Why do I follow a vegan diet (one that avoids meat, dairy, and eggs)? Quite simply: to reduce as much animal suffering as possible. In the U.S. alone, over nine billion animals are raised and slaughtered for food each year. The vast majority of these animals – chickens, cows, pigs, and others – live their short lives on “factory farms,” with little or no access to the outdoors, all the while being pumped full of antibiotics to avoid infection – which is rampant because of how closely they are crowded together. The standard American diet has produced such incredible demand for animal products that the modern factory farm looks nothing like Old MacDonald’s farm. Instead of cows happily giving us their milk, hens happily laying eggs, and farm animals of all kinds willingly sacrificing themselves for our tastebuds, we know from research that the animals living in these horrendous conditions experience stress, fear, and pain.

Thinking about life on a factory farm, it’s not unusual to realize that farmed animals don’t like this arrangement. How would our pets react if they were held in captivity and led to slaughter? How would we?

I approach veganism from three perspectives. First: I see veganism as the best way to align one’s diet and one’s values. The overwhelming majority of people love animals; in fact, most are appalled to learn of the intense cruelty that takes place in producing the animal-based food on their table. Most people of faith already believe in the humane treatment of animals, and biblical texts contain many references to this tenet; the next step is to find ways in which we can more fully marry our actions with our beliefs.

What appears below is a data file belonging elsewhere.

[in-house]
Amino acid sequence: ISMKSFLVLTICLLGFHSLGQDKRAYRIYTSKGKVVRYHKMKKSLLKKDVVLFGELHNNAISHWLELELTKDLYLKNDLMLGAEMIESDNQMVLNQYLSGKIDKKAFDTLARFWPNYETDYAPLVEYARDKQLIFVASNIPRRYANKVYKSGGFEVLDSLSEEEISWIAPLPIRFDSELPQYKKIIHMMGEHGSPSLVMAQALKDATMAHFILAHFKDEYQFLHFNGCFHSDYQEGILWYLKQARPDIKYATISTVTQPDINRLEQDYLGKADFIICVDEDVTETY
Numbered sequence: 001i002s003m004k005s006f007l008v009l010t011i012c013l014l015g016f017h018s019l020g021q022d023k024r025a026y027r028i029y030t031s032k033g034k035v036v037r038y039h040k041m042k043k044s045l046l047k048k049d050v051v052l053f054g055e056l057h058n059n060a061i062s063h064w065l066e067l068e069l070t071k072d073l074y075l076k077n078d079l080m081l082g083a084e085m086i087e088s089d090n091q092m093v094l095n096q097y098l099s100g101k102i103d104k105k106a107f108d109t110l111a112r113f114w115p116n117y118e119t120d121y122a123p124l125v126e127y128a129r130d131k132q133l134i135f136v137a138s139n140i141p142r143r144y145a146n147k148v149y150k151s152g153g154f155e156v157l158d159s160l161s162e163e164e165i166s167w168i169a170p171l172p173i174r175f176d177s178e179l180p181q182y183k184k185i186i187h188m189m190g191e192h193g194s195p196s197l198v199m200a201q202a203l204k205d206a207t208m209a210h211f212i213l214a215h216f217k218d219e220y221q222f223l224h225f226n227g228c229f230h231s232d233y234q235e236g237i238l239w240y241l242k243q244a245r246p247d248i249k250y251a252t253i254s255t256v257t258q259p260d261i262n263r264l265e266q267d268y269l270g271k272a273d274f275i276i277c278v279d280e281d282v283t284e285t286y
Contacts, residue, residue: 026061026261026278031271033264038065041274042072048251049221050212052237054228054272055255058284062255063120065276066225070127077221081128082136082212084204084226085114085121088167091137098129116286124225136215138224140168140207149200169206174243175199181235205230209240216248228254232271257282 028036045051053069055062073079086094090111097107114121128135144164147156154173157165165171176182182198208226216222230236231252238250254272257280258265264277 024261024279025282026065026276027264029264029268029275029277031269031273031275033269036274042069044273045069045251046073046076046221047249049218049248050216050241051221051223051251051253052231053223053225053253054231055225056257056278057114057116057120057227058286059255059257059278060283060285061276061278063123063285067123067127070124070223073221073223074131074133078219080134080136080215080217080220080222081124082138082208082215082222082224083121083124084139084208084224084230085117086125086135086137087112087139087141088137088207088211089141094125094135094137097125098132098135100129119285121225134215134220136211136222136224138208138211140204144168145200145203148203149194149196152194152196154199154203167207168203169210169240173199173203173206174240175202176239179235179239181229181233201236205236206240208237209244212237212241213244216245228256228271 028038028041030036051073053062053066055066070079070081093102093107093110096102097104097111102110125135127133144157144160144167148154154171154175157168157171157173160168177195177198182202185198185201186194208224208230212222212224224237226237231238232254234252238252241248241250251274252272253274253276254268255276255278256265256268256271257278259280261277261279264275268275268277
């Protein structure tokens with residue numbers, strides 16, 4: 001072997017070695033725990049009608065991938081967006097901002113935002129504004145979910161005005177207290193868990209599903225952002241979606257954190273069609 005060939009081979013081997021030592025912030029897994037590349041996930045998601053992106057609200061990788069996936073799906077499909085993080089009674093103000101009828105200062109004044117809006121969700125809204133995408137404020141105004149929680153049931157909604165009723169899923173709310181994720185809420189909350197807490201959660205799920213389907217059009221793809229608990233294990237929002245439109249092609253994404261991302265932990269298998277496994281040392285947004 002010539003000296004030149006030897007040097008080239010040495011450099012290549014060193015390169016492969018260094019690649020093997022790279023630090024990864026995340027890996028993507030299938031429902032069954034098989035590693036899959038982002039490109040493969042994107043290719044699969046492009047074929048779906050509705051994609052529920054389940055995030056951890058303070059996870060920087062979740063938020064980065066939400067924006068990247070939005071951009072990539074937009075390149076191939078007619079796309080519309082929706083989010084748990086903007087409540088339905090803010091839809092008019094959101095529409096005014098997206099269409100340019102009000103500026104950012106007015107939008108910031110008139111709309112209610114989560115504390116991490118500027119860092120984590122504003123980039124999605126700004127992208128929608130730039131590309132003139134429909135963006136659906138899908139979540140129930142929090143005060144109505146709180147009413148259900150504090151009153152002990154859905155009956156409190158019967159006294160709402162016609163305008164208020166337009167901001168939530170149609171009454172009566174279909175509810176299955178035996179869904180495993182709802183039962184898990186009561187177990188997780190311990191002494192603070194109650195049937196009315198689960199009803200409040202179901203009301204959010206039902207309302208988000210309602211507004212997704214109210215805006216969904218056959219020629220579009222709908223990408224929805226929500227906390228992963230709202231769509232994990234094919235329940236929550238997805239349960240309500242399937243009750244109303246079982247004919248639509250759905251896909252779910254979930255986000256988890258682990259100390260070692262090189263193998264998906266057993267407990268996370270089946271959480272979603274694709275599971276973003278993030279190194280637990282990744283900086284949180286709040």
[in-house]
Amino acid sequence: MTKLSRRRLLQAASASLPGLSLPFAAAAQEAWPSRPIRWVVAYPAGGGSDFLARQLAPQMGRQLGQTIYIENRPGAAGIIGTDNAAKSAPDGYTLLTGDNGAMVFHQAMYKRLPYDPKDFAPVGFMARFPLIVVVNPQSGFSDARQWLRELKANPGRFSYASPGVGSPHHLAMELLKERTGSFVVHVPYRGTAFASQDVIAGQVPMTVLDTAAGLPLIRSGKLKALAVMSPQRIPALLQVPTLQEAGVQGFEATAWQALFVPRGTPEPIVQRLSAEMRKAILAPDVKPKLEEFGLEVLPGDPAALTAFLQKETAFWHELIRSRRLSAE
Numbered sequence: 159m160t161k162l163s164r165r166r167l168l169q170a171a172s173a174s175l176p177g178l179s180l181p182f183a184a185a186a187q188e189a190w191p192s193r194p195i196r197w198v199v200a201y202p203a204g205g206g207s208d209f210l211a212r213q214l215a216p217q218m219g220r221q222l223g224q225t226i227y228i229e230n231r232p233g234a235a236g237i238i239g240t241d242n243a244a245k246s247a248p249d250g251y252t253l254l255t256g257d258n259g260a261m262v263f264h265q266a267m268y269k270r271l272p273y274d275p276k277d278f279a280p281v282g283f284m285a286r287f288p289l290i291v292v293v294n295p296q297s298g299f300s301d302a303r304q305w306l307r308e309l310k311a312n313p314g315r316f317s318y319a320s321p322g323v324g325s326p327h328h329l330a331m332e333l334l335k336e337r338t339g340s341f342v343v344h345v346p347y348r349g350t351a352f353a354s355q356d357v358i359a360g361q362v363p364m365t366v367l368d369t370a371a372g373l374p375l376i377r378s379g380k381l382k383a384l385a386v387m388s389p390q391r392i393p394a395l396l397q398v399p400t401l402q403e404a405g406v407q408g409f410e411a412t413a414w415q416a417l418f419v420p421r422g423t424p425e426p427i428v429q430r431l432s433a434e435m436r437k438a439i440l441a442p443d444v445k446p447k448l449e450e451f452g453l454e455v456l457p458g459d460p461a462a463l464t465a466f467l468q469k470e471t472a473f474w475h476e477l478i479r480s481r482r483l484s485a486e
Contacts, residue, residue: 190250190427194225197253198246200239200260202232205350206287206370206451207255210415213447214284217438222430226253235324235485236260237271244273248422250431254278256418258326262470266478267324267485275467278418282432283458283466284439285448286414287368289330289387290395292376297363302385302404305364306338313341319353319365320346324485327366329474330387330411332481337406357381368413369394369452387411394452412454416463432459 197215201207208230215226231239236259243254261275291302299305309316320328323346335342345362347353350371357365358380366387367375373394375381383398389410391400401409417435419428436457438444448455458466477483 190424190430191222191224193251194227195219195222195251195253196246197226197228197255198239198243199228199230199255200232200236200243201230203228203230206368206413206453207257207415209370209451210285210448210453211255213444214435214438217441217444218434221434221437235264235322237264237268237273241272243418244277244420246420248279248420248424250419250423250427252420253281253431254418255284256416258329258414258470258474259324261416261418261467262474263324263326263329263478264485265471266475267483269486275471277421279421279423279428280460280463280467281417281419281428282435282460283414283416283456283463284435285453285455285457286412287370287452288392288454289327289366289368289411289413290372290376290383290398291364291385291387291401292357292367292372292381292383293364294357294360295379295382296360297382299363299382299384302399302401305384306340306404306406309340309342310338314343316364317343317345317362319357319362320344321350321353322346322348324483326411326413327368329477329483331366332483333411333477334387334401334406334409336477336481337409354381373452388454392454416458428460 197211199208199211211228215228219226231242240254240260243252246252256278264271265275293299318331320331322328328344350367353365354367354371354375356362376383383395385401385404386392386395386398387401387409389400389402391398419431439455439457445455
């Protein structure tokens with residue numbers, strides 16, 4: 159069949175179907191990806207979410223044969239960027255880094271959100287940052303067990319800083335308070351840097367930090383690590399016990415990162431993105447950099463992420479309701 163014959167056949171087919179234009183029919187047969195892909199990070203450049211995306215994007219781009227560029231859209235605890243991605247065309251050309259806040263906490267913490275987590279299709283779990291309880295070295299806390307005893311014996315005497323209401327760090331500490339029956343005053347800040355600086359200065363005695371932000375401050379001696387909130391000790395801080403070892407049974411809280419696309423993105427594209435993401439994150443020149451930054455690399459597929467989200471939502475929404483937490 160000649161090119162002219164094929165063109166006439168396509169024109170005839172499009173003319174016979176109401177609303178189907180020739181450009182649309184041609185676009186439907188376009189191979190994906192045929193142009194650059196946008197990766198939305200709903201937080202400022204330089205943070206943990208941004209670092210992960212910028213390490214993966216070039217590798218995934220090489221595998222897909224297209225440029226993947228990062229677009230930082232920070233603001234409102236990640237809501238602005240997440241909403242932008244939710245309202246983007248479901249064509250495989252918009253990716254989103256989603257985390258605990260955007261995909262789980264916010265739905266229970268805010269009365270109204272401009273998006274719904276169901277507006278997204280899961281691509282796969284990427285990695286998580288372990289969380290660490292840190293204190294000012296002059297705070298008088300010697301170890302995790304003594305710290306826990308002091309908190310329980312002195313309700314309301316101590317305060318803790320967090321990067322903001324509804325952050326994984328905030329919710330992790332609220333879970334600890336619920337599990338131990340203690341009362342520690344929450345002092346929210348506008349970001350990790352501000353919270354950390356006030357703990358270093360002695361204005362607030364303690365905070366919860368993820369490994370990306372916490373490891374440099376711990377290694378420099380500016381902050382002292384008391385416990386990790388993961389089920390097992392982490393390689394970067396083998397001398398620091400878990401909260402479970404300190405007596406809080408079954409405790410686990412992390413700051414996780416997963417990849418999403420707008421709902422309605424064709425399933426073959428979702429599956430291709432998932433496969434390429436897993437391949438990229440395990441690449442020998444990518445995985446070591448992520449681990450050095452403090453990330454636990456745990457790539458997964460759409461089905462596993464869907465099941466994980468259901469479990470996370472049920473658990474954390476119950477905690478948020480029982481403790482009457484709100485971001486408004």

Second: I think it’s important for vegans – and anyone who cares about animals – to find a way to get active to promote their cause. Spreading the word about the abuses of factory farming has exponentially more impact than simply following a vegan diet in silence. Everyone has a specific talent or way they can get involved that can benefit animals, whether that’s leafleting, writing letters to the editor – one of the most widely-read parts of a newspaper – or making financial contributions to existing nonprofit groups.

Finally: it’s helpful to remember that veganism shouldn’t be a contest about who can best scour a list of thirty ingredients. We all cause suffering in our lives, whether that’s by stepping on an ant or running over a squirrel. Sometimes things happen. What matters is that we work to reduce as much animal suffering as possible – and avoiding meat, dairy, and eggs as much as possible is a great first step on that path.
For more information about veganism and ways to become active for animals, check out one of the most effective and efficient advocacy groups out there, Vegan Outreach.